At least 21 people have been killed and several wounded in latest attacks targeting Shias across Iraq.
Al Jazeera's Jane Arraf, reporting from Baghdad, said an improvised bomb exploded inside a Shia mosque in Dujail, 60km north of Baghdad, killing ten people and wounding at least 25 on Thursday night.
In a separate attack, two car bombs exploded in a market in the town of Ythrib in Salahadin province on Friday, killing ten people and wounding 18.
Another bomb near a Shia mosque in the largely Shia Turkmen town of Tuz Kharmatu, south of Kirkuk, killed one person and wounded six.
Sunni cleric Salah al-Nuaimi urged calm among Iraqis during a joint Sunni-Shia Friday sermon in Baghdad aimed at easing sectarian tensions.
"Enough is enough," al-Nuaimi told worshippers at a Baghdad mosque.
"We all love Iraq, we are all Iraqis and we want to be united, we want to stop the bloodletting, develop and build Iraq."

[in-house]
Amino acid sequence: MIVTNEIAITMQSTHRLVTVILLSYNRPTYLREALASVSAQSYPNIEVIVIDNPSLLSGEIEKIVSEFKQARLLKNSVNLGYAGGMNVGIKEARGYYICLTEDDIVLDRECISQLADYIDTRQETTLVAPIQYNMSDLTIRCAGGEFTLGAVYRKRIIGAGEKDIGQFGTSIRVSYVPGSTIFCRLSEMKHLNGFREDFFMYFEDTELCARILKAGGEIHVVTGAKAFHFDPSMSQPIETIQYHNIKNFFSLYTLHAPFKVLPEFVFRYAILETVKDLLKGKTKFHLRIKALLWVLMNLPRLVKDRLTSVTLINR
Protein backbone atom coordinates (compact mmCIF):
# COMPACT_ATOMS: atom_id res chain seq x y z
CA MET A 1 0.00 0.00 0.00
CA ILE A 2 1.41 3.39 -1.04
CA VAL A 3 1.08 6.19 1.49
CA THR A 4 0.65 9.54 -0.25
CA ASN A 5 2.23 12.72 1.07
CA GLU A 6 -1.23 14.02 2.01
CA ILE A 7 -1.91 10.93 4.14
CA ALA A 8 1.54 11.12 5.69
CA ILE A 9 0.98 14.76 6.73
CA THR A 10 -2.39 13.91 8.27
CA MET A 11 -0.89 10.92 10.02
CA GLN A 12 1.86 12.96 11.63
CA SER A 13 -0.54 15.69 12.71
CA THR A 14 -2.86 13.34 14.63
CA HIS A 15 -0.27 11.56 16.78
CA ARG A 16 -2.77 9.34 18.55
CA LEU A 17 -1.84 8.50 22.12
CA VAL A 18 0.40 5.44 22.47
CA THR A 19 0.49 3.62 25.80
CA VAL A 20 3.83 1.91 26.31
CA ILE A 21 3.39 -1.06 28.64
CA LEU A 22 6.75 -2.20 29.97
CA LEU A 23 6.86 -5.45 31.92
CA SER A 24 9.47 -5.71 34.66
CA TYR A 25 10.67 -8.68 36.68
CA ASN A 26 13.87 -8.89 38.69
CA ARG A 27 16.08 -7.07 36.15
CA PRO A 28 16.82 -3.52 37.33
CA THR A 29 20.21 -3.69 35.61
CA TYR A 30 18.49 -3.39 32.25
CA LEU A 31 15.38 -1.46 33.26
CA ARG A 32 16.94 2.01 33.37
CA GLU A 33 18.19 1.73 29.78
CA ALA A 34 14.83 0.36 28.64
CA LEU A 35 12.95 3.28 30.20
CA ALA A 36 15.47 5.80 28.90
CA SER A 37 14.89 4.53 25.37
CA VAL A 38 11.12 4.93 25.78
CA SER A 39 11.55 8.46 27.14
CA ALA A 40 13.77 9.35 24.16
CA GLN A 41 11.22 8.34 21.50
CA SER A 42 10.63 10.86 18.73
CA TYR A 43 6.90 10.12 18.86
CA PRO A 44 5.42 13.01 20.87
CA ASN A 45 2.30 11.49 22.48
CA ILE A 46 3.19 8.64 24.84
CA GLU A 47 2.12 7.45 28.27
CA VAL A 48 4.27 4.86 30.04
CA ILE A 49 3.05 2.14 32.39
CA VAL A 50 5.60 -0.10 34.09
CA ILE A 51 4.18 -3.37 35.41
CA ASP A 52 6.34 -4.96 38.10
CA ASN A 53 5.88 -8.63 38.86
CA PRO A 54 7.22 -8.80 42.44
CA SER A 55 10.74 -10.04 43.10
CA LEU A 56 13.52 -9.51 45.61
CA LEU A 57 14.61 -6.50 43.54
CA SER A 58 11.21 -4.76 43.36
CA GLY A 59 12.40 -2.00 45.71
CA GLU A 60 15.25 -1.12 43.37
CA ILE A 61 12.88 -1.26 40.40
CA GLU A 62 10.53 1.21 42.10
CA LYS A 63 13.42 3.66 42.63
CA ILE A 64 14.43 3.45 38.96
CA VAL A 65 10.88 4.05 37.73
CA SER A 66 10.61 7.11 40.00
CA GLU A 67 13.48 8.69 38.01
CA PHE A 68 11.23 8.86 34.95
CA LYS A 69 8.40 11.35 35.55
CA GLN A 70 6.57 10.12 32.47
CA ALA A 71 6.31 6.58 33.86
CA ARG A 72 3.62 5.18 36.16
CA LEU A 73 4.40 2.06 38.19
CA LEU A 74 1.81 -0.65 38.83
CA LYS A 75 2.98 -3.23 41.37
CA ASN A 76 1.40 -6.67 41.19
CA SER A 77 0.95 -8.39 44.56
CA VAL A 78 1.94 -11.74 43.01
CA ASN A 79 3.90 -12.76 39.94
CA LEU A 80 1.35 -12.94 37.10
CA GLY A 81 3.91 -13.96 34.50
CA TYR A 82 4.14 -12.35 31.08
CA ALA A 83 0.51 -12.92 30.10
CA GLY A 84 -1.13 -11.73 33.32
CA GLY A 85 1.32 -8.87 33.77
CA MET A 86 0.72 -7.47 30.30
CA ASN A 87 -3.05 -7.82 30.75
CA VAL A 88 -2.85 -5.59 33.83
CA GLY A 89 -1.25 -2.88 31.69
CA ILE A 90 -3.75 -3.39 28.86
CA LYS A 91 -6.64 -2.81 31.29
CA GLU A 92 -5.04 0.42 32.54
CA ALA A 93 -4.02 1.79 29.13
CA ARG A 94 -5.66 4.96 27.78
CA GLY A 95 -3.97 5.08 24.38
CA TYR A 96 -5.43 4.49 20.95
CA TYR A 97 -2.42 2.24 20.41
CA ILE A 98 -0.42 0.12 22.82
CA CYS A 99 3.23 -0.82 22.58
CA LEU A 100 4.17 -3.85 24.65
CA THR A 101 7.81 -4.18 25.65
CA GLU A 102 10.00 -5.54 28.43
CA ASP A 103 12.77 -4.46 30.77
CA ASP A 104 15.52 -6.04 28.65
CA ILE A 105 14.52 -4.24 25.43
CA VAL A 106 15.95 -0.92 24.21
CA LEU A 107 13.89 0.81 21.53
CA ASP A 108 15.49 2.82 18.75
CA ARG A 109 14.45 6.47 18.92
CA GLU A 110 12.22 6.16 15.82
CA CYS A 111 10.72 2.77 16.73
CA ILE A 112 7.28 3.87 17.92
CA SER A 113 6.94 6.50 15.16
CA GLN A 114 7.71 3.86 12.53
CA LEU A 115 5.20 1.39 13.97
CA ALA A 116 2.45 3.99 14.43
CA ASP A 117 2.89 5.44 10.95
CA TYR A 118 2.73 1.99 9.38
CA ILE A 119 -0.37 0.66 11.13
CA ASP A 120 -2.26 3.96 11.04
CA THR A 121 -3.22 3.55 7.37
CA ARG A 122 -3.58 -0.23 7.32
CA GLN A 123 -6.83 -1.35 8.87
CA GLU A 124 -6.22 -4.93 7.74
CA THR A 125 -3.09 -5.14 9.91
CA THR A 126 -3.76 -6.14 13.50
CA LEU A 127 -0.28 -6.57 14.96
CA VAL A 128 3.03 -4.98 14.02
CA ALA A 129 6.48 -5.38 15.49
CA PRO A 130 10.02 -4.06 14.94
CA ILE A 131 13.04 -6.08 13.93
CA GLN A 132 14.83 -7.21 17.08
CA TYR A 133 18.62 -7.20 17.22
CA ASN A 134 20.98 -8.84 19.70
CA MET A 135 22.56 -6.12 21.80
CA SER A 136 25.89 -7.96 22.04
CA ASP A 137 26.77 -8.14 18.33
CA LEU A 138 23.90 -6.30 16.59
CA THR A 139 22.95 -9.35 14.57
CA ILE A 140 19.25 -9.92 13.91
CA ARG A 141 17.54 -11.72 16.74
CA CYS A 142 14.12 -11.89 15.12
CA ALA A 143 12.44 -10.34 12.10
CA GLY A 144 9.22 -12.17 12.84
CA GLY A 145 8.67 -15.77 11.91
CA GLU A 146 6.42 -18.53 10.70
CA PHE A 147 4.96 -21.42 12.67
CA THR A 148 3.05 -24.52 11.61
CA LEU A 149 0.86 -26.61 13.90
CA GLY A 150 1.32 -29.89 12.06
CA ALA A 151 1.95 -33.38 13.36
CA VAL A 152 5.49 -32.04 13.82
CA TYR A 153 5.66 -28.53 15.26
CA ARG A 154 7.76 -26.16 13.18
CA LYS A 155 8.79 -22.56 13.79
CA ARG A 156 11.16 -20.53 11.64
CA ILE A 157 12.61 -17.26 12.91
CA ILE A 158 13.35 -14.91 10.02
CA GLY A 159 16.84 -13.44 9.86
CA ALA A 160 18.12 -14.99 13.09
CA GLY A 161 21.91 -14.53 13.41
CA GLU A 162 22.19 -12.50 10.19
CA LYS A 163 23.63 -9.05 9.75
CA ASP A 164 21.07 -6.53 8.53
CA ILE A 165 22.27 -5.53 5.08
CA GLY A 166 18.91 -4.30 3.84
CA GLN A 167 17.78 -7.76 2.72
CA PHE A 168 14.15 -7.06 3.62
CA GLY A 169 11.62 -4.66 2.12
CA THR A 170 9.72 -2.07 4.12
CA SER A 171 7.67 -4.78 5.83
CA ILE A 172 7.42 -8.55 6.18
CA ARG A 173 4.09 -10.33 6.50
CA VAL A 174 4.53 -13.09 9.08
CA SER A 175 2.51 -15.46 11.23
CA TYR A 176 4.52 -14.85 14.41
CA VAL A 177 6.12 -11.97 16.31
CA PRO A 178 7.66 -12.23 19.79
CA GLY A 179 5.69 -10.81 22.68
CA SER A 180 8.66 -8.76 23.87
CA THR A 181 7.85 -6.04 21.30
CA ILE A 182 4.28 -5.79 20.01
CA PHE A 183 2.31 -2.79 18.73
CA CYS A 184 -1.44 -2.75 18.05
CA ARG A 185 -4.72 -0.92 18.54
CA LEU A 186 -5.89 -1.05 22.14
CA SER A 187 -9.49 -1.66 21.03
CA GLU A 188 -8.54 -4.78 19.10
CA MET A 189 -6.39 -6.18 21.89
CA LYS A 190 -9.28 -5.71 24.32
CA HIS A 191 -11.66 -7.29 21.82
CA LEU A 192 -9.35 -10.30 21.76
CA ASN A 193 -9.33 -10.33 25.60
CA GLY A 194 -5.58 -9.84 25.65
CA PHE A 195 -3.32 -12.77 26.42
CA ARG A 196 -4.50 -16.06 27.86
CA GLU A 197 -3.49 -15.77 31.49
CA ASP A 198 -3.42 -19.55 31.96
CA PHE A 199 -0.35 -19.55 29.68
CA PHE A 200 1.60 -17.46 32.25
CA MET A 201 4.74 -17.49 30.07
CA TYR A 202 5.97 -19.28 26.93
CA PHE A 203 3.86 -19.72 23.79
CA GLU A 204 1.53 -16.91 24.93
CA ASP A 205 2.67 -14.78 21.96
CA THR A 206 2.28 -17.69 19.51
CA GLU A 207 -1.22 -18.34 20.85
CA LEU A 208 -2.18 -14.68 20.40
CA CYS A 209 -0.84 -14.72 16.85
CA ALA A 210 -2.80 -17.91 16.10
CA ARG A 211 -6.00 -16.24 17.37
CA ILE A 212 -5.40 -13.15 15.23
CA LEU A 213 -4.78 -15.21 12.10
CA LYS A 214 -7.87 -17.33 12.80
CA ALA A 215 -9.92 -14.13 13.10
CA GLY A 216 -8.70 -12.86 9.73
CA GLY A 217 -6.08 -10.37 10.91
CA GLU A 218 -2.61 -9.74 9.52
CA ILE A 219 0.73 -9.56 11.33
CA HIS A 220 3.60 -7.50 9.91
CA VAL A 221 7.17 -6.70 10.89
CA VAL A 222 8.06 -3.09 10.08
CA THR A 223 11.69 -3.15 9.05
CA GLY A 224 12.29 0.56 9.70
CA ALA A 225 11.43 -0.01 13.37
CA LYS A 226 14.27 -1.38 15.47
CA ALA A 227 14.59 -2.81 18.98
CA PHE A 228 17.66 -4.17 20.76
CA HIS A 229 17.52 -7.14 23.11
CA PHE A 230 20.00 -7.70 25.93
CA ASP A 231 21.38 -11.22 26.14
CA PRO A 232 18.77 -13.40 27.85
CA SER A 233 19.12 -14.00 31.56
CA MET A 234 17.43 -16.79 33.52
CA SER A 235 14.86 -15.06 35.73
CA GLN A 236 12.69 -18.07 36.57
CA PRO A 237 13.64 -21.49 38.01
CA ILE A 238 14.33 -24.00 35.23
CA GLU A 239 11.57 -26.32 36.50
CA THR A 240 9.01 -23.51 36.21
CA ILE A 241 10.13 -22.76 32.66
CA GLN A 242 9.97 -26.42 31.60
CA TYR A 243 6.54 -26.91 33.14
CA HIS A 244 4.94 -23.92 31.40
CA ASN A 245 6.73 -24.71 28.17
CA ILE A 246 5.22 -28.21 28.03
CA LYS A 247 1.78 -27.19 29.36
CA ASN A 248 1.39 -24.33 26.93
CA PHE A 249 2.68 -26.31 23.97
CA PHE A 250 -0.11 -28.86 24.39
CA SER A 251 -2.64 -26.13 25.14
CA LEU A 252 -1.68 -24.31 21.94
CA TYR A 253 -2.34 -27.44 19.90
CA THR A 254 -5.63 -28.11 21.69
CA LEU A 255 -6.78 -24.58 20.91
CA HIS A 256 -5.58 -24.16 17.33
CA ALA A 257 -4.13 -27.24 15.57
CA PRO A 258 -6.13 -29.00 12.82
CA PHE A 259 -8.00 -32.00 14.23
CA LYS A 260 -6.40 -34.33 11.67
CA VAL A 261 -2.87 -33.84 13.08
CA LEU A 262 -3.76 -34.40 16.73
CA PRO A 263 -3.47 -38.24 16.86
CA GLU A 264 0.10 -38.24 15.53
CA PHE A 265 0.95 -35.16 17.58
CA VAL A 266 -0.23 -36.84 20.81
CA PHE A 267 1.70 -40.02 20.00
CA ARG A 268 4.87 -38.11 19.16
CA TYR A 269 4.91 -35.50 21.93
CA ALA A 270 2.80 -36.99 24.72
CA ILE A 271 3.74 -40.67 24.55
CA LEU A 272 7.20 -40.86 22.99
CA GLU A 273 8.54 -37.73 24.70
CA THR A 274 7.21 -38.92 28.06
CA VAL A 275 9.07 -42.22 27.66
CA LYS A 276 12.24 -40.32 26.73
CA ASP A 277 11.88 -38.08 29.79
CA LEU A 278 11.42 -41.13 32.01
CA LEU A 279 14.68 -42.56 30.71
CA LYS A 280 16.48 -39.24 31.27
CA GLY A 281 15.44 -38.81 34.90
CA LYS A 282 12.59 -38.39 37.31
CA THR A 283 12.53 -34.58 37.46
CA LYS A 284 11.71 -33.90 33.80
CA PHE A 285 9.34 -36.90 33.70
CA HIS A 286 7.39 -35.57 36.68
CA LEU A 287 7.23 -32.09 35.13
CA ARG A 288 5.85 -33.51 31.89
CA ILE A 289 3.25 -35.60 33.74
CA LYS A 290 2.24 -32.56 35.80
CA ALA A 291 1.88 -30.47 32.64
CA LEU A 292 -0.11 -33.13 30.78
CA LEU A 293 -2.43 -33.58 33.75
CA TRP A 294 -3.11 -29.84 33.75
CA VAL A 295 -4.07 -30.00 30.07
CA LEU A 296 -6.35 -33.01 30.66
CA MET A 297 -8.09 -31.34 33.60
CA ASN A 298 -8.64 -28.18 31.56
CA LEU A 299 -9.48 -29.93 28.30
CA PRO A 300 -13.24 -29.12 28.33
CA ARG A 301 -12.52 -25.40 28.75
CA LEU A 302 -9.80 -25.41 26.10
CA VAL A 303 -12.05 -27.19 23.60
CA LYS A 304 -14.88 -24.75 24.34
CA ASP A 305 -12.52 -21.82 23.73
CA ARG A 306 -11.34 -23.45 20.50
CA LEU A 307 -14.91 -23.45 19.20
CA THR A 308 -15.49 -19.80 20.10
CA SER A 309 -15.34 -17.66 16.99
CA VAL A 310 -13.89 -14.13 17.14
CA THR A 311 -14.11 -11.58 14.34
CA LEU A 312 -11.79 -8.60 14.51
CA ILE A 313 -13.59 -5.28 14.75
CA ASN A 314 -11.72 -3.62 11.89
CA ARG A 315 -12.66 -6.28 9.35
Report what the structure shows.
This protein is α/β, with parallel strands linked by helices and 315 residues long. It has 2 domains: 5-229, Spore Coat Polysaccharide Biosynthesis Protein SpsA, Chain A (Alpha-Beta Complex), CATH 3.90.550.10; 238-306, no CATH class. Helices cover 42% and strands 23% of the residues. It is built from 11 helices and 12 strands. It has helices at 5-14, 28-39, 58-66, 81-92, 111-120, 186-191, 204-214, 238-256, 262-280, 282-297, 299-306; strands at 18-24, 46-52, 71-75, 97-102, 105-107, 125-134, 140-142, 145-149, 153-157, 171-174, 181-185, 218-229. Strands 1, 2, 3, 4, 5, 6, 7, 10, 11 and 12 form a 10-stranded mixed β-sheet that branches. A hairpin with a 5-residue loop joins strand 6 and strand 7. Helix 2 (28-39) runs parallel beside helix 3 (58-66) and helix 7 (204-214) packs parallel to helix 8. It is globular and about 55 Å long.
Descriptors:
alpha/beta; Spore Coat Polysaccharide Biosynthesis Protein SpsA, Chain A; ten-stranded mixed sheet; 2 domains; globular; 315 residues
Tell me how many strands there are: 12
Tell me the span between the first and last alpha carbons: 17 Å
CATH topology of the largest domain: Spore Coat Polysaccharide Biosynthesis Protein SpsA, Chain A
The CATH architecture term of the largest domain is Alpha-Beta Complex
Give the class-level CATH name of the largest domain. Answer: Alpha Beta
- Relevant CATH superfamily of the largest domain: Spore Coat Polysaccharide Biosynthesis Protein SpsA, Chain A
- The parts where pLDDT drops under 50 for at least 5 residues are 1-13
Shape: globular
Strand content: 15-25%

Attacks on Shia worshippers has increased during Ramadan. There has been no claim of responsibility for the latest attacks but many of the attacks are attributed to groups linked to al-Qaeda, which has traditionally escalated attacks during the holy month.
Group's Iraq branch, which has been gaining strength in recent months, frequently targets Shias, security forces and civil servants in an effort to undermine the Shia-led government in Baghdad.
According to the UN mission to Iraq, violence in June alone claimed the lives of 761 Iraqis and wounded 1,771 others.